AFL Round 9: Hawthorn v Richmond latest news, scores and SuperCoach points

Shai Bolton started slowly against Hawthorn then set the game alight. See what sparked the turnaround and why Damien Hardwick says he can get even better.

Richmond’s hottest player of the first eight weeks was ice cold at quarter-time.

Shai Bolton entered the clash with the Hawks as the Tigers’ No.1 rated player by Champion Data.

At the first change, he had a single kick and two tackles to his name, leading to a few stern words from development coach Xavier Clarke.

“Xavier gave him a little bit of a rocket and he got to work,” Hardwick said.

By halftime, Bolton was the second-ranked player on the ground after setting the game alight in the second quarter with 12 touches, three tackles, six inside-50s, two score assists and one goal.

The 23-year-old finished with eight score involvements and two goals from 20 disposals.

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Shai Bolton sparked Richmond’s second-quarter surge. Picture: Daniel Pockett/Getty Images
Shai Bolton sparked Richmond’s second-quarter surge. Picture: Daniel Pockett/Getty Images

If Bolton is not leading Richmond’s best-and-fairest, he would not be far off.

His offensive brilliance is extremely well complimented by a defensive game that the Tigers value very highly.

Bolton finished the match with seven tackles – equal-second on the ground behind only Kane Lambert (8) – among 17 pressure acts, which had him ranked equal-fifth for his side.

“Shai offensively is stunning, brilliant,” Hardwick said.

“Defensively when he plays to that level, his game becomes the elite level. He’ll realise it and he’ll grow and he’ll mature. But when he does those simple things really, really well, defensively he becomes an incredible player.

“Don’t get me wrong, he still played a good game today. But he can still get so much better in a lot of areas of his game, which is a harsh judge on me. But we see him and what he can become and he can be quite special.”

SIMPLE STAT THAT SUMS UP TIGERS

Damien Hardwick calls it “simple brilliance” and it has helped Richmond get on a roll.

“Simple brilliance – the fundamentals of the game,” Hardwick explained.

“That’s what the game has been built on for 150-odd years and it’s funny – the sides that generally are the very best sides do those things very, very well.”

The Tigers called upon some “simple brilliance” from their defenders after a lacklustre start against Hawthorn on Saturday, and got the response they were searching for.

At halftime, the Hawks had kicked 7.1 (43) of their 8.5 (53) from marks at their attacking end.

They were finding more holes in the Richmond defence than a block of Swiss cheese.

“At the end of the day – spoil,” Hardwick said.

“They’ve got some big boys down there, but we expected better in the contest. We tidied that part of our game up after halftime. Kingas (assistant coach Adam Kingsley) did a good job getting his backs to get back to simple brilliance. So we nullified that and the game started to flow our way.”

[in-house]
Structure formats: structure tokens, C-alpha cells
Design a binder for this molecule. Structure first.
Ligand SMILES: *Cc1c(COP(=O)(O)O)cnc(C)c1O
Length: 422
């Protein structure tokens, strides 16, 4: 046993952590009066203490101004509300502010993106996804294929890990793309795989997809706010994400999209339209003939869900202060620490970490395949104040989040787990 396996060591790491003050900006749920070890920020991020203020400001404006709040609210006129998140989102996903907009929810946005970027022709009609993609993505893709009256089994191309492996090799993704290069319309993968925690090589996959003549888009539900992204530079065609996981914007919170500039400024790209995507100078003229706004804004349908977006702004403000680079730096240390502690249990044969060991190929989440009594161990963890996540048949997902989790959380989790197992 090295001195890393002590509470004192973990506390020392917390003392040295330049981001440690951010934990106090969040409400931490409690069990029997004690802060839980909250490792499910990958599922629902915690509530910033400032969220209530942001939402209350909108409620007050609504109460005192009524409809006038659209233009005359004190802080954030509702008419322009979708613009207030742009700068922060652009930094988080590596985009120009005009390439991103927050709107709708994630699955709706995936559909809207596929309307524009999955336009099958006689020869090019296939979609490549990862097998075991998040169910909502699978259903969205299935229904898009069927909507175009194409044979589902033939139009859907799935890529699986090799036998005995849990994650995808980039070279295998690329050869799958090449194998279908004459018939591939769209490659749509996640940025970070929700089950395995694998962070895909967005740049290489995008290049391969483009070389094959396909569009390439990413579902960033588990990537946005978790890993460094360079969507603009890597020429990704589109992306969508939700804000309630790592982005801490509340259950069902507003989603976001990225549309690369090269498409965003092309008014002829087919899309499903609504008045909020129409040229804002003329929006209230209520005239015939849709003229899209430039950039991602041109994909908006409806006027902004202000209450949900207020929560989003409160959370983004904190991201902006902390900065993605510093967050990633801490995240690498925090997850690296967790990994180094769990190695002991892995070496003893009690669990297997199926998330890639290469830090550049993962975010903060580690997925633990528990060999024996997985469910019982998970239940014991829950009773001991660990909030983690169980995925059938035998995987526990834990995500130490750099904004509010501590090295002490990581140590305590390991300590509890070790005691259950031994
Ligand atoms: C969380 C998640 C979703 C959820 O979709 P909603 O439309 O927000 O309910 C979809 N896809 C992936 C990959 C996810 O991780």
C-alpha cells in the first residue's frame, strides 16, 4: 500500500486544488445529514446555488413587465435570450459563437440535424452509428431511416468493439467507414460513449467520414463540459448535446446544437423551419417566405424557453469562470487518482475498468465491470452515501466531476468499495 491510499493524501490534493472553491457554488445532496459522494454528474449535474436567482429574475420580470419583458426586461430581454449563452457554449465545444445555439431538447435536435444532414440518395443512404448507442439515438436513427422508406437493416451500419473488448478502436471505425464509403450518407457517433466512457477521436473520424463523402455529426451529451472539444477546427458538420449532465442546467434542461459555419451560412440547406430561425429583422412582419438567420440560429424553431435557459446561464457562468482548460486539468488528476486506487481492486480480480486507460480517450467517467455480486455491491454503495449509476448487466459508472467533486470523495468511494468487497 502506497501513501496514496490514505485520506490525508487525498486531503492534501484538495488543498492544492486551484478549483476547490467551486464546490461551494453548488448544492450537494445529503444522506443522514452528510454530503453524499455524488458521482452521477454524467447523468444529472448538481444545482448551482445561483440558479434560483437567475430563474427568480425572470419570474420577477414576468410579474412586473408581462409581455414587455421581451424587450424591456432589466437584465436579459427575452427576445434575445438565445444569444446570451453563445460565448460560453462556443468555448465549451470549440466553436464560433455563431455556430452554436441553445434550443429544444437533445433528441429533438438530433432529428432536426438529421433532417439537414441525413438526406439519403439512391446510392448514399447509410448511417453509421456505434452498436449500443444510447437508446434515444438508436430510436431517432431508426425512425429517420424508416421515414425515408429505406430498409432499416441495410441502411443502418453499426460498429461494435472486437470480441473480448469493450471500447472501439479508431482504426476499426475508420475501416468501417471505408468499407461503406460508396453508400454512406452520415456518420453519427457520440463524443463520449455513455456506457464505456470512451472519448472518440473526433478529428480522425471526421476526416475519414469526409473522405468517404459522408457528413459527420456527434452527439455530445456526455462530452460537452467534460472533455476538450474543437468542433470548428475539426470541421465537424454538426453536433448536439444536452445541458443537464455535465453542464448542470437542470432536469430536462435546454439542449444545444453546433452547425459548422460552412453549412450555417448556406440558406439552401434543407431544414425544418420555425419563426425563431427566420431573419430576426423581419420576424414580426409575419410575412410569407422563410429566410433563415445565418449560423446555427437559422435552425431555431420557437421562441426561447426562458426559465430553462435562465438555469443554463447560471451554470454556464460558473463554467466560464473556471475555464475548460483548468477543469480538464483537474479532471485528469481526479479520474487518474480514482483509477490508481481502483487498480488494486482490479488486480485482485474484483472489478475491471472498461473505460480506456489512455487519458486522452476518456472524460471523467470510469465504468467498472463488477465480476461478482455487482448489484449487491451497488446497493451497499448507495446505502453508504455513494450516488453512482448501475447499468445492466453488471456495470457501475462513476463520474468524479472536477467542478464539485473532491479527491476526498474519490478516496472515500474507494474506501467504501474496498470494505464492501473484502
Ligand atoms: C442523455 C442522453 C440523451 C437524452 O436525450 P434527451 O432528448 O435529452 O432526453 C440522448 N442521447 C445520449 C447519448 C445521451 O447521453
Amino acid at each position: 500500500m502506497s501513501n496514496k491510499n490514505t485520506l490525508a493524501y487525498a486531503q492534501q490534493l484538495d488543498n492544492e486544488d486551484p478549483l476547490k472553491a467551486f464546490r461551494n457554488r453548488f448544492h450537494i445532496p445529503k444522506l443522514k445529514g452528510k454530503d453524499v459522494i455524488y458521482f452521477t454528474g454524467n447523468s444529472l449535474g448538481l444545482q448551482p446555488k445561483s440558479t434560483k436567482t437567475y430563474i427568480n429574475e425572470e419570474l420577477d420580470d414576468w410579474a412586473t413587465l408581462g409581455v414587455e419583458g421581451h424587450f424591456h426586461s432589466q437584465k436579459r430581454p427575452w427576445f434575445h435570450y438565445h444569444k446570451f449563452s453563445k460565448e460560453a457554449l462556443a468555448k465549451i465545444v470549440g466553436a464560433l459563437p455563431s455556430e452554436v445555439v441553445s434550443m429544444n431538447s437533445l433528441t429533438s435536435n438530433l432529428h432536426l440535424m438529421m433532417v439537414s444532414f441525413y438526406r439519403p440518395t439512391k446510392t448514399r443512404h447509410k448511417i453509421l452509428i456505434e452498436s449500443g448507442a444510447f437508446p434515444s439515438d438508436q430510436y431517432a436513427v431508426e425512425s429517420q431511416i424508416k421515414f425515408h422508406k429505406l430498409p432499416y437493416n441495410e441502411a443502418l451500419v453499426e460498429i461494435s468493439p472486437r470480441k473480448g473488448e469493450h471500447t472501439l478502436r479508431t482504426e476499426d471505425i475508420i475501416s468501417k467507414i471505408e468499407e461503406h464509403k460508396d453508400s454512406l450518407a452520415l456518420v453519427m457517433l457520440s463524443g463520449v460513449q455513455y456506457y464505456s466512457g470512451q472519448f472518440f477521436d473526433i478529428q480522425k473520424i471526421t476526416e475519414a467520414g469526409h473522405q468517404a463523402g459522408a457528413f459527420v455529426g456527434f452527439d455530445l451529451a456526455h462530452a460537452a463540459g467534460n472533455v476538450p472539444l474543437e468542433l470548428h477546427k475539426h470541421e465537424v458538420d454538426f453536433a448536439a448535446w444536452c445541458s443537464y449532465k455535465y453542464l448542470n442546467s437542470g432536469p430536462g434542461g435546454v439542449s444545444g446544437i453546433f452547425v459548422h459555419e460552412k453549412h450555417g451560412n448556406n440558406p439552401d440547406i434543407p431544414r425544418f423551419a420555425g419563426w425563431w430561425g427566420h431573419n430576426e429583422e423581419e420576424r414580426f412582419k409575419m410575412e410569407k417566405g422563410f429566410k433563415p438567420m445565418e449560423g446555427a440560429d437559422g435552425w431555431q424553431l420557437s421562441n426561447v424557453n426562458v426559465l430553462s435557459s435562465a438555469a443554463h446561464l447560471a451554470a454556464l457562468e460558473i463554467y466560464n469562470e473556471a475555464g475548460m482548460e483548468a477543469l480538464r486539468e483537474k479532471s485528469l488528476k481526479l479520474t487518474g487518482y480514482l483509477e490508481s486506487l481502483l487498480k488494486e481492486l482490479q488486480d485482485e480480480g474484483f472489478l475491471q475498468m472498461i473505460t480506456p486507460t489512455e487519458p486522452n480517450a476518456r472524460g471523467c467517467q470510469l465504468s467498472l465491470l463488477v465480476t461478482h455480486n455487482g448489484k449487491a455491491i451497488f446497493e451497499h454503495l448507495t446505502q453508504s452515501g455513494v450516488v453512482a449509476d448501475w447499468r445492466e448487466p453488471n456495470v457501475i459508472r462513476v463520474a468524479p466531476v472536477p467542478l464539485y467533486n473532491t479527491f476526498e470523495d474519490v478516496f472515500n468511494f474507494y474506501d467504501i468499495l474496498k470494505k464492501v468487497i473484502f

Dylan Grimes makes sure Conor Nash is going nowhere. Picture: Daniel Pockett/Getty Images
Dylan Grimes makes sure Conor Nash is going nowhere. Picture: Daniel Pockett/Getty Images

Confusion was strife in the backline in the opening half – and it showed.

But from the main break to the 20-minute-mark of the last quarter, the Richmond defence did not allow Hawthorn to take a single mark inside its attacking 50.

“We were just losing too many one-on-one contests,” Tigers defender Nick Vlastuin told News Corp.

“We were trying to do too many jobs at once rather than just doing our own jobs. Everyone was just rolling off their man a little bit early on and then everyone didn’t know who was on who, and the Hawks were just flying and marking them. So we just had to go back to more one-on-ones so that we could read each other a bit better.”

A watertight defence was the backbone of Richmond’s premiership years, combined with a front-half turnover game that is also hitting its straps once again.

The Tigers kicked 10 goals against the Hawks from forward-half intercept possession chains, among 16 goals overall that were generated from their front half.

That all came on the back of a pressure and tackling performance that was off the charts.

The side’s pressure rating for the match was a sky-high 196, including 217 during a second-quarter surge.

Richmond entered the clash having averaged 43 tackles a game from its first eight matches.

The side wrapped up the Hawks on 75 occasions with fierce intent, 17 of those tackles coming in the forward 50.

“How good was it?” Hardwick responded when asked about his side’s fierce tackling.

“It’s been an emphasis all year.

“It just looked like a Richmond-type performance, stepping in mentality. It has been evident. It has been growing.”

Nick Vlastuin tries to get the better of Luke Breust. Picture: Darrian Traynor/AFL Photos/via Getty Images
Nick Vlastuin tries to get the better of Luke Breust. Picture: Darrian Traynor/AFL Photos/via Getty Images